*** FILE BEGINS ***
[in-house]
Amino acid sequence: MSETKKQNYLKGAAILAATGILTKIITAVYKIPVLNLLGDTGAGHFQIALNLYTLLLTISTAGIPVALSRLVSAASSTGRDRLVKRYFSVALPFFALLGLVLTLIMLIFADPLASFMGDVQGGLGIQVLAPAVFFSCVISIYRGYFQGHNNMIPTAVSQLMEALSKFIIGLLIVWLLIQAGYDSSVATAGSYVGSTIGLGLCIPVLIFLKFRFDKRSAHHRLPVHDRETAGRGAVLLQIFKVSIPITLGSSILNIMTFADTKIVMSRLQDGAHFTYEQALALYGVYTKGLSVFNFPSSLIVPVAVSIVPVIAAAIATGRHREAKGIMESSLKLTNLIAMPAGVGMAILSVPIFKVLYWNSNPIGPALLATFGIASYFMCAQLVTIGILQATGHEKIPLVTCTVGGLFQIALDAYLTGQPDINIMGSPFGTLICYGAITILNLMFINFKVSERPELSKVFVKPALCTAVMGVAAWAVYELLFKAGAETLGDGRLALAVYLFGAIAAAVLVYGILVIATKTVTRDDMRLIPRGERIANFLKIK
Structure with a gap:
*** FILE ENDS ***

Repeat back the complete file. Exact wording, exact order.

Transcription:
[in-house]
Amino acid sequence: MSETKKQNYLKGAAILAATGILTKIITAVYKIPVLNLLGDTGAGHFQIALNLYTLLLTISTAGIPVALSRLVSAASSTGRDRLVKRYFSVALPFFALLGLVLTLIMLIFADPLASFMGDVQGGLGIQVLAPAVFFSCVISIYRGYFQGHNNMIPTAVSQLMEALSKFIIGLLIVWLLIQAGYDSSVATAGSYVGSTIGLGLCIPVLIFLKFRFDKRSAHHRLPVHDRETAGRGAVLLQIFKVSIPITLGSSILNIMTFADTKIVMSRLQDGAHFTYEQALALYGVYTKGLSVFNFPSSLIVPVAVSIVPVIAAAIATGRHREAKGIMESSLKLTNLIAMPAGVGMAILSVPIFKVLYWNSNPIGPALLATFGIASYFMCAQLVTIGILQATGHEKIPLVTCTVGGLFQIALDAYLTGQPDINIMGSPFGTLICYGAITILNLMFINFKVSERPELSKVFVKPALCTAVMGVAAWAVYELLFKAGAETLGDGRLALAVYLFGAIAAAVLVYGILVIATKTVTRDDMRLIPRGERIANFLKIK
Structure with a gap: